4. Select the required permissions.
  5. Click Create.

ArangoGraph New Role

How to view, edit or remove a custom role

  1. In the main navigation menu, click Access Control.
  2. On the Roles tab, click:
    • A role name or the eye icon in the Actions column to view the role.
    • The pencil icon in the Actions column to edit the role. You can also view a role and click the Edit button in the detail view.
    • The recycle bin icon to delete the role. You can also view a role and click the Delete button in the detail view.

Permissions

Each operation done on a resource requires zero (just authentication) or more permissions. A permission is a constant string such as resourcemanager.project.create, following this schema: <api>.<kind>.<verb>.

Permissions are solely defined by the ArangoGraph API.

APIKindVerbs
auditauditlogarchivedelete, get, list
auditauditlogattachmentcreate, delete, get
auditauditlogeventsget
auditauditlogeventdelete
auditauditlogcreate, delete, get, list, set-default, test-https-post-destination, update
backupbackuppolicycreate, delete, get, list, update
backupbackupcopy, create, delete, download, get, list, restore, update
backupfeatureget
billingconfigget, set
billinginvoiceget, get-preliminary, get-statistics, list
billingorganizationget
billingpaymentmethodcreate, delete, get, get-default, list, set-default, update
billingpaymentproviderlist
cryptocacertificatecreate, delete, get, list, set-default, update
dataloaderdeploymentimport
datacpusizelist
datadeploymentcredentialsget
datadeploymentfeaturesget
datadeploymentmodellist
datadeploymentpricecalculate
datadeploymentcreate, create-test-database, delete, full-access, get, list, pause, read-only-access, rebalance-shards, restore-backup, resume, rotate-server, update, update-scheduled-root-password-rotation
datadiskperformancelist
datalimitsget
datanodesizelist
datapresetslist
deploymentprofiledeploymentprofilelist
exampleexampledatasetinstallationcreate, delete, get, list, update
exampleexampledatasetget, list
iamgroupcreate, delete, get, list, update
iampolicyget, update
iamrolecreate, delete, get, list, update
iamuserget-personal-data, update
metricsendpointget
metricstokencreate, delete, get, list, revoke, update
mlmlservicesget
monitoringlogsget
monitoringmetricsget
networkprivateendpointservicecreate, get, get-by-deployment-id, get-feature, update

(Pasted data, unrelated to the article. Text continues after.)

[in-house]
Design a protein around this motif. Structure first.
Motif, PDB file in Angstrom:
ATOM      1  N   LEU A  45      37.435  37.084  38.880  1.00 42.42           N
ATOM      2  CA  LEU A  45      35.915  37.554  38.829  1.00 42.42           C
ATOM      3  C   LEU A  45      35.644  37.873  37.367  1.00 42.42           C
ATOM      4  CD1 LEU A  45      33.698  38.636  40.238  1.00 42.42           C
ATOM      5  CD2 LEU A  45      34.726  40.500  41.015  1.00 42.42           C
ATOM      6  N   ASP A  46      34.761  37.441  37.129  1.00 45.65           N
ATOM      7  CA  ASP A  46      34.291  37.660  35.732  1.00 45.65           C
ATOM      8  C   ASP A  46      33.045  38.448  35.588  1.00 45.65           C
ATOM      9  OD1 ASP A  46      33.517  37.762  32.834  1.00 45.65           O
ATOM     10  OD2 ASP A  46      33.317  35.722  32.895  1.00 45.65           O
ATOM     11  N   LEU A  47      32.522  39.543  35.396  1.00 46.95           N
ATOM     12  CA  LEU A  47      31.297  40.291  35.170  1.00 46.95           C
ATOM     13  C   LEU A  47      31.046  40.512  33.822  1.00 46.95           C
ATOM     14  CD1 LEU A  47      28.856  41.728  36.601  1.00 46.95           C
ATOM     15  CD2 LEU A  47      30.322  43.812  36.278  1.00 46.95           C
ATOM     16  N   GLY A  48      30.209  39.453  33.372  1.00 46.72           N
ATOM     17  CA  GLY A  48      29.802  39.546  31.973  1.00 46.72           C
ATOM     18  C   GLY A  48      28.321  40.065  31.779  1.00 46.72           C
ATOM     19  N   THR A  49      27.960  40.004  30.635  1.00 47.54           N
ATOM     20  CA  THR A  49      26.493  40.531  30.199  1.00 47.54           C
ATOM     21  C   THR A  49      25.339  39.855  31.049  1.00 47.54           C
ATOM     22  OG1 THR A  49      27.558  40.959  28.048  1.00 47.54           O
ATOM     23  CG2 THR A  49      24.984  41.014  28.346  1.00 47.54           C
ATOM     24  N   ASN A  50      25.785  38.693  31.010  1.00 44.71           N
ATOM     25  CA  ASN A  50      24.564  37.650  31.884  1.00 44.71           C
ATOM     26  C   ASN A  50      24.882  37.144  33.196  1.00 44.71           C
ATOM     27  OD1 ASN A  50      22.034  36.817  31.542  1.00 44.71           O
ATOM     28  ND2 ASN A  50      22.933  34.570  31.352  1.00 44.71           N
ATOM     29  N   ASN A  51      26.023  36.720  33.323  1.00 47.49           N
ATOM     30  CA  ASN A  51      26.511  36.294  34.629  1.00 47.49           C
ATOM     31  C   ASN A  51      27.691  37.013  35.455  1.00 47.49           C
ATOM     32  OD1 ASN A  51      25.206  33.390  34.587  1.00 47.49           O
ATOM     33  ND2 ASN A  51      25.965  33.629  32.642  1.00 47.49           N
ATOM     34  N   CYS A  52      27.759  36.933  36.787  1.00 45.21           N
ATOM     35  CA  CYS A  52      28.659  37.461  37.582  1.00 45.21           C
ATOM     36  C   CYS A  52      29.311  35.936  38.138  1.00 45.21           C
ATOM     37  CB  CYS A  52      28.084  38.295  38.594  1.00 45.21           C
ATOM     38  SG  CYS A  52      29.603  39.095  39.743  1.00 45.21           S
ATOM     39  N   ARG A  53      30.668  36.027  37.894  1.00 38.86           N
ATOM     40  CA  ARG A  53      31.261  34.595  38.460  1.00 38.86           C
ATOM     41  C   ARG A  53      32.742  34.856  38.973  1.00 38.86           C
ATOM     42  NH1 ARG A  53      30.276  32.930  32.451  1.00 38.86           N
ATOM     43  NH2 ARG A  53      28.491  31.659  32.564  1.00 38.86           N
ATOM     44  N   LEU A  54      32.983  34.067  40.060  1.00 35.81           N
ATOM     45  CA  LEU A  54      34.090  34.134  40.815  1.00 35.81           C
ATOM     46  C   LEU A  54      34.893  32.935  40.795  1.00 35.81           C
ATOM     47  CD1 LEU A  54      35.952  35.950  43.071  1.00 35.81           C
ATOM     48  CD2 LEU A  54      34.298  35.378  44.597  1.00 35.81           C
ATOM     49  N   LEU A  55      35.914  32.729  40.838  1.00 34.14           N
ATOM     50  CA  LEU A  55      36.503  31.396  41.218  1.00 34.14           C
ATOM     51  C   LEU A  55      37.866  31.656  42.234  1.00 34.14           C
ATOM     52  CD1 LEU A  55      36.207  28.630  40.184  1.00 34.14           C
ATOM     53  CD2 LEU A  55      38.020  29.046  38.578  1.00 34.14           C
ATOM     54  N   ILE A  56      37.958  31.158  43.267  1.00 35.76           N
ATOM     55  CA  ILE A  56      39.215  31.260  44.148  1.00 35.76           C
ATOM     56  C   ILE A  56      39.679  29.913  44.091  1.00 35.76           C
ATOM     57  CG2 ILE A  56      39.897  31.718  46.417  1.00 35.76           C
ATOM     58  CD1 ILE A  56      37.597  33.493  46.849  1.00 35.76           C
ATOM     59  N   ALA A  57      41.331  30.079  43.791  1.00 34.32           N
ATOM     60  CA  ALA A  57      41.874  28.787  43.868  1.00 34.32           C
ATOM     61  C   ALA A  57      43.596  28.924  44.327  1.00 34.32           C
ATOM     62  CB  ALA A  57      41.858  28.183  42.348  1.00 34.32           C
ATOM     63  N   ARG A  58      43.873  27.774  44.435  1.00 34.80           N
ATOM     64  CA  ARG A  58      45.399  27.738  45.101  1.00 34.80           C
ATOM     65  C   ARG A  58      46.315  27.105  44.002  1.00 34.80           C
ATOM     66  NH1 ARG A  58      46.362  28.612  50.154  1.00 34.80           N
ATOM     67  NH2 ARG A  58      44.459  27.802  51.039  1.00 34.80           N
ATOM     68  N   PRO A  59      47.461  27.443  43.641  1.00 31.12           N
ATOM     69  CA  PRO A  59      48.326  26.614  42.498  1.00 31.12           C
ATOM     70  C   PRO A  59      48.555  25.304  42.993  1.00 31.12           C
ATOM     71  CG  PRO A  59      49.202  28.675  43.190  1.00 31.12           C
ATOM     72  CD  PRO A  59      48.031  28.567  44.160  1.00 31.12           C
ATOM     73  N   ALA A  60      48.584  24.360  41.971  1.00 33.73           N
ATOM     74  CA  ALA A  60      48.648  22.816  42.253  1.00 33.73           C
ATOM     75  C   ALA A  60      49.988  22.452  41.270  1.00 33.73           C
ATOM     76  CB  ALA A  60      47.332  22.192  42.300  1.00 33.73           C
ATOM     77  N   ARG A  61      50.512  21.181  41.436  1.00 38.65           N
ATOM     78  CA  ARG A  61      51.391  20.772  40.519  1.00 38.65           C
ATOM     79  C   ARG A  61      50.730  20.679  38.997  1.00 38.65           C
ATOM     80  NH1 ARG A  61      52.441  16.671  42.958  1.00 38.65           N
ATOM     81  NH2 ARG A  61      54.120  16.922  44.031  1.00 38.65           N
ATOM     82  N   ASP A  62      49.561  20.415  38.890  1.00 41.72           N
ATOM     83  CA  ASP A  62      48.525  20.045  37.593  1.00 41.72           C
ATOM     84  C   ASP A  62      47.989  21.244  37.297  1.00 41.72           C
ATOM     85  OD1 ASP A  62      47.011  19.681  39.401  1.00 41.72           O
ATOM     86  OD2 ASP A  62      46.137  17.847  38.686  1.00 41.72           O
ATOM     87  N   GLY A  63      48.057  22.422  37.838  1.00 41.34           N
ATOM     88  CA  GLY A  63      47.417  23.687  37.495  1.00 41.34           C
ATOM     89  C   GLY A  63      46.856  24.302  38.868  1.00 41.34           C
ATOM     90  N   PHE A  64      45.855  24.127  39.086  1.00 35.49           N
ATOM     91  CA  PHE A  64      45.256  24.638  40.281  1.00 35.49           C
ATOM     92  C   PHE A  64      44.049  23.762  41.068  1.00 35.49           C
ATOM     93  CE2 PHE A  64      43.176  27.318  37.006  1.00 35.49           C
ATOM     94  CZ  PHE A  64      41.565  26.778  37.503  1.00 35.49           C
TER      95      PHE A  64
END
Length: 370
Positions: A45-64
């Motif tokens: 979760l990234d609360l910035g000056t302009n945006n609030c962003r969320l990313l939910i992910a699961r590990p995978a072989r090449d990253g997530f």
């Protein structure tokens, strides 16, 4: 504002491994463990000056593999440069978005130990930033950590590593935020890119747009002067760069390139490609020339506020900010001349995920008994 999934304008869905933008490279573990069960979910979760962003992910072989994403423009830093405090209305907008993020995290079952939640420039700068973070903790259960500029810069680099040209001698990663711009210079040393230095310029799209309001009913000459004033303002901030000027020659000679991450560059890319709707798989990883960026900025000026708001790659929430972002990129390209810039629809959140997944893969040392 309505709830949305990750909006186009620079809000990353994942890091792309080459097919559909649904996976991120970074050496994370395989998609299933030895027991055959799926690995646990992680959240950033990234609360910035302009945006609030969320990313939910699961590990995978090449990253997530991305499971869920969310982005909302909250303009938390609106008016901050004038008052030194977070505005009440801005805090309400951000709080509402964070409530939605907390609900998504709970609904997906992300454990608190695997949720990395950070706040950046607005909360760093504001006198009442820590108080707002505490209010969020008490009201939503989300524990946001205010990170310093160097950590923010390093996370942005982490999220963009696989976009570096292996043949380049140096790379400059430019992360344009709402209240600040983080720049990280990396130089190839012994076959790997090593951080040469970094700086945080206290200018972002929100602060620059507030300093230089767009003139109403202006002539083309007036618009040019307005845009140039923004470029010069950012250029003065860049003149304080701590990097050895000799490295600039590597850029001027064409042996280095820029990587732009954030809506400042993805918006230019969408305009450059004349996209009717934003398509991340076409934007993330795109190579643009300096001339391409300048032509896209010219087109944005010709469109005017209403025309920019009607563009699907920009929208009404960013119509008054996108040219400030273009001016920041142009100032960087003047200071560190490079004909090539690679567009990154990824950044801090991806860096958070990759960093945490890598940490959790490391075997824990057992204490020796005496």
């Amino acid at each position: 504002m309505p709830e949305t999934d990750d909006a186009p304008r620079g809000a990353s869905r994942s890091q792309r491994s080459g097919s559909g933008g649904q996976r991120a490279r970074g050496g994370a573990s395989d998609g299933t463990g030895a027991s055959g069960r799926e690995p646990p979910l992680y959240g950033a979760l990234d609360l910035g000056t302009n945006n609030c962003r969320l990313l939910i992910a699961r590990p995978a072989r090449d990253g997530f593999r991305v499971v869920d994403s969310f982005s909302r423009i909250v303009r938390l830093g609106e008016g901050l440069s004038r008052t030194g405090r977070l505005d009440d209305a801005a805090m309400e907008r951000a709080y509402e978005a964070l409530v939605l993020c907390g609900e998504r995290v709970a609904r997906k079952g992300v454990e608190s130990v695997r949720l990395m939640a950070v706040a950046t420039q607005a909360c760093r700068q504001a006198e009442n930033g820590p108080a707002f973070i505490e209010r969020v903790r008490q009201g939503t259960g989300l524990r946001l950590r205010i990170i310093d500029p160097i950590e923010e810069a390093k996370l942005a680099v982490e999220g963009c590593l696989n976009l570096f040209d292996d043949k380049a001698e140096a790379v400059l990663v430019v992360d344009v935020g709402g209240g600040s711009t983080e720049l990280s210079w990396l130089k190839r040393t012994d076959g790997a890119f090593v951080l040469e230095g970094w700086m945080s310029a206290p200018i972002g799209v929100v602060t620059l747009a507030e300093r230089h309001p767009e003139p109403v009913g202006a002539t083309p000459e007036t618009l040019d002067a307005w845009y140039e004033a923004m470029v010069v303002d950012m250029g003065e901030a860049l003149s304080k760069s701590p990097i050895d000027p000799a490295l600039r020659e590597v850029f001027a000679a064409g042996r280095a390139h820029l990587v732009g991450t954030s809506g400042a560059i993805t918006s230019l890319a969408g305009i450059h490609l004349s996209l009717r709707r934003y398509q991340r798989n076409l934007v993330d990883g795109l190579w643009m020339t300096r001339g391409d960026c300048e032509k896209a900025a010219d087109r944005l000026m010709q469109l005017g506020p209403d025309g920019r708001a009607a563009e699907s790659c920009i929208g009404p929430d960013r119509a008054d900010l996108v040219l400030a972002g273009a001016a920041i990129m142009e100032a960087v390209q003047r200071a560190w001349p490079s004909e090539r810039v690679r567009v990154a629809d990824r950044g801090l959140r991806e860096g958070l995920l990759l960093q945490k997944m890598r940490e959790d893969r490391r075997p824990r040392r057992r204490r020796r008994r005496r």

notebookmodellist
notebooknotebookcreate, delete, execute, get, list, pause, resume, update
notificationdeployment-notificationlist, mark-as-read, mark-as-unread
prepaidprepaiddeploymentget, list
replicationdeploymentmigrationcreate, delete, get
replicationdeploymentreplicationget, update
replicationdeploymentclone-from-backup
replicationmigration-forwarderupgrade-connection
resourcemanagerorganization-invitecreate, delete, get, list, update
resourcemanagerorganizationdelete, get, update
resourcemanagerprojectcreate, delete, get, list, update
scimuseradd, delete, get, list, update
securityiamprovidercreate, delete, get, list, set-default, update
securityipallowlistcreate, delete, get, list, update

Permission inheritance

Each resource (organization, project, deployment) has its own policy, but this does not mean that you have to repeat role bindings in all these policies.

Once you assign a role to a user (or group of users) in a policy at one level, all the permissions of this role are inherited in lower levels - permissions are inherited downwards from an organization to its projects and from a project to its deployments.

For more general permissions, which you want to be propagated to other levels, add a role for a user/group at the organization level. For example, if you bind the deployment-viewer role to user John in the organization policy, John will have the role permissions in all projects of that organization and all deployments of the projects.

For more restrictive permissions, which you don’t necessarily want to be propagated to other levels, add a role at the project or even deployment level. For example, if you bind the deployment-viewer role to user John in a project, John will have the role permissions in this project as well as in all the deployments of it, but not in other projects of the parent organization.

Inheritance example

  • Let’s assume you have a group called “Deployers” which includes users who deal with deployments.
  • Then you create a role “Deployment Viewer”, containing data.deployment.get and data.deployment.list permissions.
  • You can now add a role binding of the “Deployers” group to the “Deployment Viewer” role.